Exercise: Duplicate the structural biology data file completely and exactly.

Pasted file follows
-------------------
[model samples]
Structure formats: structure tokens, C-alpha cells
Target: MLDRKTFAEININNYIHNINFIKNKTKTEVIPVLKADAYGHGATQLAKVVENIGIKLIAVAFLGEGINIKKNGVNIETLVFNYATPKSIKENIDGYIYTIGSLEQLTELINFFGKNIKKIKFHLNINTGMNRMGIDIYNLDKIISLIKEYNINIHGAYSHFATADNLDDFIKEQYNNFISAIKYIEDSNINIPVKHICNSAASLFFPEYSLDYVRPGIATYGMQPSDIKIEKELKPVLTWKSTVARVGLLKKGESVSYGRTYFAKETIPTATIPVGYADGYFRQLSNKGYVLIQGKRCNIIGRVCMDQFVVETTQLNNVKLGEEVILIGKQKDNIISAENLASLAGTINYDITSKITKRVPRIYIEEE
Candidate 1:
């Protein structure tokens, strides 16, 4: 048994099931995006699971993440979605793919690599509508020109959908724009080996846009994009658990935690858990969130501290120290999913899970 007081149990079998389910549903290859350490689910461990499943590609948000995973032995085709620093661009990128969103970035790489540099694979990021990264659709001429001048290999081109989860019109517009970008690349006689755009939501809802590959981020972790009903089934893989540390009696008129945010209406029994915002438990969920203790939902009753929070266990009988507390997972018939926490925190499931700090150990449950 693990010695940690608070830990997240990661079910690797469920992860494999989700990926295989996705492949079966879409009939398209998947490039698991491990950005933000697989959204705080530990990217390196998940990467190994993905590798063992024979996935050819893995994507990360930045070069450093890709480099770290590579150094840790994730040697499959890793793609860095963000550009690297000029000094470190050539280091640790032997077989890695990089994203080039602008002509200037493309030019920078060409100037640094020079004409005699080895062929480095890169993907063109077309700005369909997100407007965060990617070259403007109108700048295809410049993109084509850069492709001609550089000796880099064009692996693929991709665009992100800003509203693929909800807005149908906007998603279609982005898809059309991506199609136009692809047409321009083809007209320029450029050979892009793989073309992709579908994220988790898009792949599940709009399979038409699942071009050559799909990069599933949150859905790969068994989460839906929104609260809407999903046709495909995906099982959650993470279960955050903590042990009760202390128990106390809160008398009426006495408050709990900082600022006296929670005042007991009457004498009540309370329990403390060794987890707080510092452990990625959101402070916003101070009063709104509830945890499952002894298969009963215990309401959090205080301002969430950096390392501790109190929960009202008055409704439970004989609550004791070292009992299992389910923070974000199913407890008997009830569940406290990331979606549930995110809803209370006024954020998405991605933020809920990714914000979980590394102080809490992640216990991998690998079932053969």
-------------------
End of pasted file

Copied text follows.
[model samples]
Structure formats: structure tokens, C-alpha cells
Target: MLDRKTFAEININNYIHNINFIKNKTKTEVIPVLKADAYGHGATQLAKVVENIGIKLIAVAFLGEGINIKKNGVNIETLVFNYATPKSIKENIDGYIYTIGSLEQLTELINFFGKNIKKIKFHLNINTGMNRMGIDIYNLDKIISLIKEYNINIHGAYSHFATADNLDDFIKEQYNNFISAIKYIEDSNINIPVKHICNSAASLFFPEYSLDYVRPGIATYGMQPSDIKIEKELKPVLTWKSTVARVGLLKKGESVSYGRTYFAKETIPTATIPVGYADGYFRQLSNKGYVLIQGKRCNIIGRVCMDQFVVETTQLNNVKLGEEVILIGKQKDNIISAENLASLAGTINYDITSKITKRVPRIYIEEE
Candidate 1:
């Protein structure tokens, strides 16, 4: 048994099931995006699971993440979605793919690599509508020109959908724009080996846009994009658990935690858990969130501290120290999913899970 007081149990079998389910549903290859350490689910461990499943590609948000995973032995085709620093661009990128969103970035790489540099694979990021990264659709001429001048290999081109989860019109517009970008690349006689755009939501809802590959981020972790009903089934893989540390009696008129945010209406029994915002438990969920203790939902009753929070266990009988507390997972018939926490925190499931700090150990449950 693990010695940690608070830990997240990661079910690797469920992860494999989700990926295989996705492949079966879409009939398209998947490039698991491990950005933000697989959204705080530990990217390196998940990467190994993905590798063992024979996935050819893995994507990360930045070069450093890709480099770290590579150094840790994730040697499959890793793609860095963000550009690297000029000094470190050539280091640790032997077989890695990089994203080039602008002509200037493309030019920078060409100037640094020079004409005699080895062929480095890169993907063109077309700005369909997100407007965060990617070259403007109108700048295809410049993109084509850069492709001609550089000796880099064009692996693929991709665009992100800003509203693929909800807005149908906007998603279609982005898809059309991506199609136009692809047409321009083809007209320029450029050979892009793989073309992709579908994220988790898009792949599940709009399979038409699942071009050559799909990069599933949150859905790969068994989460839906929104609260809407999903046709495909995906099982959650993470279960955050903590042990009760202390128990106390809160008398009426006495408050709990900082600022006296929670005042007991009457004498009540309370329990403390060794987890707080510092452990990625959101402070916003101070009063709104509830945890499952002894298969009963215990309401959090205080301002969430950096390392501790109190929960009202008055409704439970004989609550004791070292009992299992389910923070974000199913407890008997009830569940406290990331979606549930995110809803209370006024954020998405991605933020809920990714914000979980590394102080809490992640216990991998690998079932053969």